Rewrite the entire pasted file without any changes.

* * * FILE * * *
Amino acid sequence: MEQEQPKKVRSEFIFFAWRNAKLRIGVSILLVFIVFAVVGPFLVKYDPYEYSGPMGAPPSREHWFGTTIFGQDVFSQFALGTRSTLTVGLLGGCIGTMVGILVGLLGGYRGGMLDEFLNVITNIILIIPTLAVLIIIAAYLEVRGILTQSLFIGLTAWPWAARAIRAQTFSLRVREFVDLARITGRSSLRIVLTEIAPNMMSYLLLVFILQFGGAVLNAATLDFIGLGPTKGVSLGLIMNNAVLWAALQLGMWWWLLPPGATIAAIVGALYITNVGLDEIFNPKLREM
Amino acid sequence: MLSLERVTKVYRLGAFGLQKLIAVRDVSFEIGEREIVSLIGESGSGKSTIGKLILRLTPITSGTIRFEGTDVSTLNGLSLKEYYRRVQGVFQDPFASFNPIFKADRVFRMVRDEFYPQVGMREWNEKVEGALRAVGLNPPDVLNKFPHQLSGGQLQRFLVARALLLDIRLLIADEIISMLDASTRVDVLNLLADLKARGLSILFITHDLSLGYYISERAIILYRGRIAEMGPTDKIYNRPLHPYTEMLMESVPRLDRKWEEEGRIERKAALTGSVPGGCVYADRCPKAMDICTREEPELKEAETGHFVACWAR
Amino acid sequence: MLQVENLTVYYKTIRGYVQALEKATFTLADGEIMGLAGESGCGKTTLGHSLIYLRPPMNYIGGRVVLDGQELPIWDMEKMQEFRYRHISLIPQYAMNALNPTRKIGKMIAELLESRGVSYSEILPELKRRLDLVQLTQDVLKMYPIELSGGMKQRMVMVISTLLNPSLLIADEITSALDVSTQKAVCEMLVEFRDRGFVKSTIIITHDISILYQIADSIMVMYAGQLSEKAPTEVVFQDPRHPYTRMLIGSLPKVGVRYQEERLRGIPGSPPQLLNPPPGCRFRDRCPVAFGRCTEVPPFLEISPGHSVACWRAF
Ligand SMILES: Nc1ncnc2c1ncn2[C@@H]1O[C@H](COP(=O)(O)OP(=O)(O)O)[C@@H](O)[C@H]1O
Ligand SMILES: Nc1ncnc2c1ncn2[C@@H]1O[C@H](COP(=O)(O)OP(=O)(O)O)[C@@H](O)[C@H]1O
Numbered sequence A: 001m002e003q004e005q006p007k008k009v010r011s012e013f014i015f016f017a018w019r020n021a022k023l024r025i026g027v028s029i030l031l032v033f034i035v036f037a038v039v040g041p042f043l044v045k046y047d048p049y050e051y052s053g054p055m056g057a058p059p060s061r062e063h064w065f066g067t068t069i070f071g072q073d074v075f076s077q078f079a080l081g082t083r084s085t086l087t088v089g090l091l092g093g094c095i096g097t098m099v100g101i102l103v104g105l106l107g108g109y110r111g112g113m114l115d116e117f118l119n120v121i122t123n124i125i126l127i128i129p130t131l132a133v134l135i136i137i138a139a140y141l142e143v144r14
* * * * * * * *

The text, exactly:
Amino acid sequence: MEQEQPKKVRSEFIFFAWRNAKLRIGVSILLVFIVFAVVGPFLVKYDPYEYSGPMGAPPSREHWFGTTIFGQDVFSQFALGTRSTLTVGLLGGCIGTMVGILVGLLGGYRGGMLDEFLNVITNIILIIPTLAVLIIIAAYLEVRGILTQSLFIGLTAWPWAARAIRAQTFSLRVREFVDLARITGRSSLRIVLTEIAPNMMSYLLLVFILQFGGAVLNAATLDFIGLGPTKGVSLGLIMNNAVLWAALQLGMWWWLLPPGATIAAIVGALYITNVGLDEIFNPKLREM
Amino acid sequence: MLSLERVTKVYRLGAFGLQKLIAVRDVSFEIGEREIVSLIGESGSGKSTIGKLILRLTPITSGTIRFEGTDVSTLNGLSLKEYYRRVQGVFQDPFASFNPIFKADRVFRMVRDEFYPQVGMREWNEKVEGALRAVGLNPPDVLNKFPHQLSGGQLQRFLVARALLLDIRLLIADEIISMLDASTRVDVLNLLADLKARGLSILFITHDLSLGYYISERAIILYRGRIAEMGPTDKIYNRPLHPYTEMLMESVPRLDRKWEEEGRIERKAALTGSVPGGCVYADRCPKAMDICTREEPELKEAETGHFVACWAR
Amino acid sequence: MLQVENLTVYYKTIRGYVQALEKATFTLADGEIMGLAGESGCGKTTLGHSLIYLRPPMNYIGGRVVLDGQELPIWDMEKMQEFRYRHISLIPQYAMNALNPTRKIGKMIAELLESRGVSYSEILPELKRRLDLVQLTQDVLKMYPIELSGGMKQRMVMVISTLLNPSLLIADEITSALDVSTQKAVCEMLVEFRDRGFVKSTIIITHDISILYQIADSIMVMYAGQLSEKAPTEVVFQDPRHPYTRMLIGSLPKVGVRYQEERLRGIPGSPPQLLNPPPGCRFRDRCPVAFGRCTEVPPFLEISPGHSVACWRAF
Ligand SMILES: Nc1ncnc2c1ncn2[C@@H]1O[C@H](COP(=O)(O)OP(=O)(O)O)[C@@H](O)[C@H]1O
Ligand SMILES: Nc1ncnc2c1ncn2[C@@H]1O[C@H](COP(=O)(O)OP(=O)(O)O)[C@@H](O)[C@H]1O
Numbered sequence A: 001m002e003q004e005q006p007k008k009v010r011s012e013f014i015f016f017a018w019r020n021a022k023l024r025i026g027v028s029i030l031l032v033f034i035v036f037a038v039v040g041p042f043l044v045k046y047d048p049y050e051y052s053g054p055m056g057a058p059p060s061r062e063h064w065f066g067t068t069i070f071g072q073d074v075f076s077q078f079a080l081g082t083r084s085t086l087t088v089g090l091l092g093g094c095i096g097t098m099v100g101i102l103v104g105l106l107g108g109y110r111g112g113m114l115d116e117f118l119n120v121i122t123n124i125i126l127i128i129p130t131l132a133v134l135i136i137i138a139a140y141l142e143v144r14